Sheldon Adelson Declares War on Rand Paul

“If you ever hear of a group forming up to stop X, put your money on X,”

-Richard Nixon to Pat Buchanan, 1968

It would appear that billionaire neo-conservative Sheldon Adelson has a penchant for spending millions of dollars on losing causes. He recently stated that should Rand Paul come close to securing the 2016 Republican nomination, he will fund an effort to stop the junior Senator from Kentucky.

Adelson nearly single-handedly funded Newt Gingrich‘s 2012 campaign, wasting roughly $15 million in the process. He also spent $30 million on Republican campaigns in 2008, a year in which the GOP lost 8 Senate seats, 24 House seats and the Presidency. Adelson’s presidential candidate of choice in the 2008 election, Rudy Giuliani, finished 3rd in Florida, 4th in New Hampshire and 6th in Iowa, Michigan, Nevada and South Carolina before withdrawing from the campaign. Adelson has yet to select his horse for 2016, though it appears Lindsey Graham may be an early favorite to be the next in Adelson’s long line of losing candidates.

When he’s not losing elections, Adelson spends time lobbying in Washington in the creepiest and darkest ways possible. Adelson once boasted of using his power to help China secure the 2008 Olympics by getting his friend former Congressman Tom DeLay (R-TX) to kill a human-rights bill in the House. He was also known to have had major influence on the White House concerning Palestinian-Israeli policy during the George W. Bush Administration, often demanding that the White House to take a hard-line stance on the issue and never yield to a two-state policy. In fact, an Israeli government representative once stated that Bush, not long after meeting with Adelson, had noted that, “I had this crazy Jewish billionaire, yelling at me.”

Adelson was a longtime Democrat before becoming a Republican. In 2012, Adelson penned an op-ed detailing his party switch from Democrat to Republican. In his mind, the Democratic Party isn’t what it was in the 1930s and 1940s. That is, he yearns for the days of Franklin Roosevelt and Harry Truman. He cites a change in policy on individual charity as one of the reasons for his shift, but that certainly doesn’t seem to make sense, as Democrats of that era were just as liberal as they are now on spending and taxation. Adelson’s new-found love for free markets should be viewed with skepticism, as it is probably actually an endorsement of crony capitalism, where he, as a wealthy businessman, is able to use his government connections to receive favorable economic treatment for his casino business.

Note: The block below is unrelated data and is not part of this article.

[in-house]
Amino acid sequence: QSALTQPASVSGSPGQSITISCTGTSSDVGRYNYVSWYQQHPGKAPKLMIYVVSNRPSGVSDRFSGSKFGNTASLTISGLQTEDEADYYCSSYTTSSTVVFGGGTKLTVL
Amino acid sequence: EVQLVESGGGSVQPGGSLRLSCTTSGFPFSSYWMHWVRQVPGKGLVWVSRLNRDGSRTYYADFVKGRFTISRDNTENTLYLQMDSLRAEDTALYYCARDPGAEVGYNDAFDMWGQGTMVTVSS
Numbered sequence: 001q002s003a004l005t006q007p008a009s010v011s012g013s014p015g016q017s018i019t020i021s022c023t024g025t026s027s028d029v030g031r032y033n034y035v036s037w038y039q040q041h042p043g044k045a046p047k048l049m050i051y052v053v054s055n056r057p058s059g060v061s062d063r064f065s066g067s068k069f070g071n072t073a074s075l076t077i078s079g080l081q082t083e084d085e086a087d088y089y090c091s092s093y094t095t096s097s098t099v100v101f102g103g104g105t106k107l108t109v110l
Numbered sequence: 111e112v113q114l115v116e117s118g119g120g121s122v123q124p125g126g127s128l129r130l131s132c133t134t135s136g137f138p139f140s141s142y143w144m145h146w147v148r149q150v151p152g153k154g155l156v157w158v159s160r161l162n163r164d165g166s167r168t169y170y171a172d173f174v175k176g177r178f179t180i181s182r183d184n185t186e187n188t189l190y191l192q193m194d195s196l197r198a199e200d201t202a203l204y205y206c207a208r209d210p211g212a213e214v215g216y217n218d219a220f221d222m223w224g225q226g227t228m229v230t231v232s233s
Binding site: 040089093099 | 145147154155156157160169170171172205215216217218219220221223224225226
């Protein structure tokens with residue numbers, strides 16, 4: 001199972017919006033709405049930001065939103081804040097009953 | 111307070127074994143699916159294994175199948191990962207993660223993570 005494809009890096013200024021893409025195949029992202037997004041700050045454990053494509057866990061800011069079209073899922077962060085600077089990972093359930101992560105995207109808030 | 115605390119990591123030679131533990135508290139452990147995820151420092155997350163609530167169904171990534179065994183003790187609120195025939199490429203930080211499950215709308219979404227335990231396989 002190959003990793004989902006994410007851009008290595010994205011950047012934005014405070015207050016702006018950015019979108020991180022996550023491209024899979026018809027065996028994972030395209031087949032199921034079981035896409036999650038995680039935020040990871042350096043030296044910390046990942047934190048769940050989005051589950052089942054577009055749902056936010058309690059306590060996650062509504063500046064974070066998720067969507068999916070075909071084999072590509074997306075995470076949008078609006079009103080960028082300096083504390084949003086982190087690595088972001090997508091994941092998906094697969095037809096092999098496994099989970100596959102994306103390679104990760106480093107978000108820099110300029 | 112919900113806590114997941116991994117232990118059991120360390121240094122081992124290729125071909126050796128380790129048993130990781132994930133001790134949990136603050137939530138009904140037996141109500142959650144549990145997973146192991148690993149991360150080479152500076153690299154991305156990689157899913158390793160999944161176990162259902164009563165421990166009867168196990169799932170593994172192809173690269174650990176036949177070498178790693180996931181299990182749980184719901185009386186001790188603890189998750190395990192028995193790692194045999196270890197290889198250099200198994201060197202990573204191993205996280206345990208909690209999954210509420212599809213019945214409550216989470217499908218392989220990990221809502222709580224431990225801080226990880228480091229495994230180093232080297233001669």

Even more likely for his party change is what Adelson refers to as “the party’s new attitude toward Israel,” or to translate, a foreign policy which is not nearly hawkish enough for his liking. One can’t help but think that perhaps Adelson may be pleasantly surprised with President Obama‘s policies supporting more war and foreign entanglements. Adelson’s dangerous and reckless foreign policy was encapsulated when he was quoted as saying that the US should drop a nuclear bomb on a remote part of Iran, and that once this feat of strength was put on display, the US could say, “See! The next one is in the middle of Tehran. So, we mean business. You want to be wiped out? Go ahead and take a tough position and continue with your nuclear development. You want to be peaceful? Just reverse it all, and we will guarantee you that you can have a nuclear power plant for electricity purposes, energy purposes.”

On top of all of his cronyism and maniacal foreign policy posturing, Adelson has a “personal passion” in fighting marijuana legalization. In Florida, he donated over $4 million to fight the legalization of medical marijuana, calling the substance a “gateway drug.”

In sum, if Rand Paul’s positions scare Sheldon Adelson this much, we need no better affirmation that Paul is on the correct side of liberty. Statists of all political persuasions will soon rise up in an attempt to prevent Senator Paul from infusing the country with more personal freedom and less unnecessary wars. However, we must bond together to bring truth to the matters involved and ensure that in the end, common sense libertarianism prevails.

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